After a year with little human interaction, dark-eyed juncos were surprisingly more comfortable with people once campus life returned to normal.
A new study led by scientists at UCLA and Michigan State suggests that conservation strategies address avian responses to climate-driven shifts.
A killer, yes. But an analysis of tooth minerals reveals how the warm-blooded predator maintained its body temperature.
On the eve of the “Little Mermaid” premiere, a UCLA doctoral candidate speaks up for the jellyfish.
A UCLA-led study finds that urban bird species tend to be smaller and less territorial and have greater ability to fly long distances.
This use of mechanical force helps B cells confront new pathogens and remember them while continuing to combat other threats.
UCLA researchers say the approach could help tackle cancer, antibiotic resistance and food-related disorders.
The honorees are Roger Wakimoto, Blaire Van Valkenburgh, Kenneth Nagy, Yi Tang, Tommaso Treu, Christine Dunkel Schetter and Gary Orfield.
Sequencing the genome of the unarmored threespine stickleback has given scientists clues that could guide conservation measures.
In memoriam: Robert Wayne, 66, pioneer of conservation genetics, protecting canids and other species
His research helped explain the evolution of dogs and showed that freeways are a barrier to bobcat and coyote migration.
A new UCLA study could help scientists better understand threats to birds — and their ability to adapt.
In a twist that surprised researchers, the insects were less likely to forage for food when they were starving than when they were well fed.
A study led by four UCLA undergraduates also found that the arachnids cooperate, a rarity among spiders.
The 30-year study of 105 migratory species reveals how strongly temperature affects animals’ physical characteristics.
The continent’s diverse species all evolved very rapidly from a single ancestral population, a UCLA-led study shows.
Understanding the adaptations that protect female animals from disorders may help humans too, UCLA research suggests.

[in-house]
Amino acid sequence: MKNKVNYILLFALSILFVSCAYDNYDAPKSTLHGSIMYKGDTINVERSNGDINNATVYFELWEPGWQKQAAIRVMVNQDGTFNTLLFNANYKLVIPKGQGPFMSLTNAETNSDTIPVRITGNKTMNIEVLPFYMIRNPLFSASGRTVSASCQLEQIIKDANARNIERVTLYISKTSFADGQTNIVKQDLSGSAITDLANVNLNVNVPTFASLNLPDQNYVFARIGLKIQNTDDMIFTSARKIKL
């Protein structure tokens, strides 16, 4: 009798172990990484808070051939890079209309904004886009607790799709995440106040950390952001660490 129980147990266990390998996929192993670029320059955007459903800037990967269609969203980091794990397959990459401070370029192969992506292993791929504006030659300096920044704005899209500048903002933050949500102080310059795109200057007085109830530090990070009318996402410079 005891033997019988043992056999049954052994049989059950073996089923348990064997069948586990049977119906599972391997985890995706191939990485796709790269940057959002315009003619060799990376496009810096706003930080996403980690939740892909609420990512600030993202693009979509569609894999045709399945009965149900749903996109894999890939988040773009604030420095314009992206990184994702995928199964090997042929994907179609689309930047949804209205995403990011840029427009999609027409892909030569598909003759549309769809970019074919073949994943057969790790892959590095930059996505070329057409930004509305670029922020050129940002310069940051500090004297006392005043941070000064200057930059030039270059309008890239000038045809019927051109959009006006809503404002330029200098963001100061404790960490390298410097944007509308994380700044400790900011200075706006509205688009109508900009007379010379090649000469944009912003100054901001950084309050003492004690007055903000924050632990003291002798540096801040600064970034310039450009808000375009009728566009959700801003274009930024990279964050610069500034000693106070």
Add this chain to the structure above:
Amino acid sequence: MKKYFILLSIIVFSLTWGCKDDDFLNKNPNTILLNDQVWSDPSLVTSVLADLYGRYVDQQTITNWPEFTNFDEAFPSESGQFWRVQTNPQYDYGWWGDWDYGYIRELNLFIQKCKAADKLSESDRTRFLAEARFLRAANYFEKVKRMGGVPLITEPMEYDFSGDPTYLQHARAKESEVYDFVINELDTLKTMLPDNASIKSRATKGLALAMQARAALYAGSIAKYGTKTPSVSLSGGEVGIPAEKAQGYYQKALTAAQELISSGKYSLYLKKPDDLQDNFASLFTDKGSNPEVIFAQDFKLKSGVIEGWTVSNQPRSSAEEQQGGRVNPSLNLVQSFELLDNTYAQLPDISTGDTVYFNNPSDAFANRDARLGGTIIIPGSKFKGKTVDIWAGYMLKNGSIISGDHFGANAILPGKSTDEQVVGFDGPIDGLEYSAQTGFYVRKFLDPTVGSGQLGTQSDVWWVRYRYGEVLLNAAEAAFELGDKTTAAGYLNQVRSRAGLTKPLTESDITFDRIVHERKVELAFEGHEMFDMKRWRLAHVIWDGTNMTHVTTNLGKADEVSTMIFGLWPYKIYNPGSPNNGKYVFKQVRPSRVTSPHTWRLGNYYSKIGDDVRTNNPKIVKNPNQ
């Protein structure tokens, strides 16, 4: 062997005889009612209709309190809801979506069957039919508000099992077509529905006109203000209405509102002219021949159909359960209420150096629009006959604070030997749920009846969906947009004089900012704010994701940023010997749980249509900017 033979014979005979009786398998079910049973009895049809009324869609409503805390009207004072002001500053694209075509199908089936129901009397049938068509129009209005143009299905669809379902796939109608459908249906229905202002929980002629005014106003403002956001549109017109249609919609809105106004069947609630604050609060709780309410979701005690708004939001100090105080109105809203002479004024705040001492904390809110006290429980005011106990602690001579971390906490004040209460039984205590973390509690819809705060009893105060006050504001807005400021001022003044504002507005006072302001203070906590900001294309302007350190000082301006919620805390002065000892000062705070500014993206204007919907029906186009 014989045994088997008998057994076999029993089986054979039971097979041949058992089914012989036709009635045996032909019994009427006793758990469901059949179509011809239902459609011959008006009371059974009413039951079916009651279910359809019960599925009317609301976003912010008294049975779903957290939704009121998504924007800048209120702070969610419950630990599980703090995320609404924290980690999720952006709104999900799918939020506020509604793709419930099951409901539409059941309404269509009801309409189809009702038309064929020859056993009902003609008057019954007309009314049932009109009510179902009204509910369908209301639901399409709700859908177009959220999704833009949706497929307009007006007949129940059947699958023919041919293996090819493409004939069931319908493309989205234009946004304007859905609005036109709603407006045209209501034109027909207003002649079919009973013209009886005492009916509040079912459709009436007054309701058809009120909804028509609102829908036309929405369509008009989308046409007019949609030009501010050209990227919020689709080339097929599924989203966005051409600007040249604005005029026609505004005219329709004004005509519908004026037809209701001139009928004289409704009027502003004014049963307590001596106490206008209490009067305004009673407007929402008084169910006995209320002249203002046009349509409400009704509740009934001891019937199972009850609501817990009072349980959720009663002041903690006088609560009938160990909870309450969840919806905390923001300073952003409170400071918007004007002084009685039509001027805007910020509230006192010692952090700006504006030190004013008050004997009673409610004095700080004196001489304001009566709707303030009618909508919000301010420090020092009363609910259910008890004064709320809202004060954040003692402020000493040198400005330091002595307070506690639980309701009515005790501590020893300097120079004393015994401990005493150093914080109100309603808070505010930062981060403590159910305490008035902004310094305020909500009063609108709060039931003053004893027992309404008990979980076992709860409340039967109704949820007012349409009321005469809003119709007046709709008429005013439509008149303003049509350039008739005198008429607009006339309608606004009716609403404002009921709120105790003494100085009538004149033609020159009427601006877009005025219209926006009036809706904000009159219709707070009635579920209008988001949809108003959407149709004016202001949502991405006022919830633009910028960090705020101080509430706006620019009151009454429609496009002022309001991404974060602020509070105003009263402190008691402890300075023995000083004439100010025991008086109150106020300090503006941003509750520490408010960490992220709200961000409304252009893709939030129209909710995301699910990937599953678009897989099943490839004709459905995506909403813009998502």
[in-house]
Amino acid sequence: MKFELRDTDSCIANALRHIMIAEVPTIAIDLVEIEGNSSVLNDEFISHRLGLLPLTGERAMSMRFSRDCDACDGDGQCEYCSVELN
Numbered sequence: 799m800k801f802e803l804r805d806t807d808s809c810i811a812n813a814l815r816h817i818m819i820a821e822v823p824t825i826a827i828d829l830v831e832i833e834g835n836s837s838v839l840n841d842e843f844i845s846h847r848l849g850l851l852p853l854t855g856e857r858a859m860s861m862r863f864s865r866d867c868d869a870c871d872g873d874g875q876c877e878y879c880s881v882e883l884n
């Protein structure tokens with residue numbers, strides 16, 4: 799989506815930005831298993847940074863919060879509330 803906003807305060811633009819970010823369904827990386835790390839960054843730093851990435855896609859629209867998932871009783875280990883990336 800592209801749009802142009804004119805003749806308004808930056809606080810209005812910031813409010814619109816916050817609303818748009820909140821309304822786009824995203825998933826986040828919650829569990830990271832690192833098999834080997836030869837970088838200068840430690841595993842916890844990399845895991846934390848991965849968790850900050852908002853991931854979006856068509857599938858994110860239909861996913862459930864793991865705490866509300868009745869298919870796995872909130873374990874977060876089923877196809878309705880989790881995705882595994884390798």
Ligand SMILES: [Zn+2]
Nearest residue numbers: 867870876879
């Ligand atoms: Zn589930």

Professor emeritus Bruce Runnegar was part of the team that got to the bottom of the situation.
The visionary leader served the campus as vice chancellor of medical sciences and dean of the David Geffen School of Medicine at UCLA from 1994 to 2010.
Sifting through studies on various species’ play behavior, researchers tracked vocalization patterns that show a strong similarity to human laughter.
A new study reveals new findings about the animals’ evolution and the tough prospects they face for survival.
The first study to report genome-wide data on the prehistoric canid puts to bed a mystery biologists have pondered for more than 100 years.
Birthrates, marriage, gender roles will change dramatically in post-pandemic world, scientists predict
The longer COVID-19 continues, the more entrenched these psychological, social and societal changes are likely to be, the study authors suggest.
In very early life, sleep helps build the brain’s infrastructure, but it then takes on an entirely new decluttering role, research shows.
Two UCLA studies of ocean mollusks shed light on how new species may emerge through a phenomenon known as host-switching.
UCLA’s Daniel Fessler explains why staying away from each other seems so tough, even when we know it will save lives.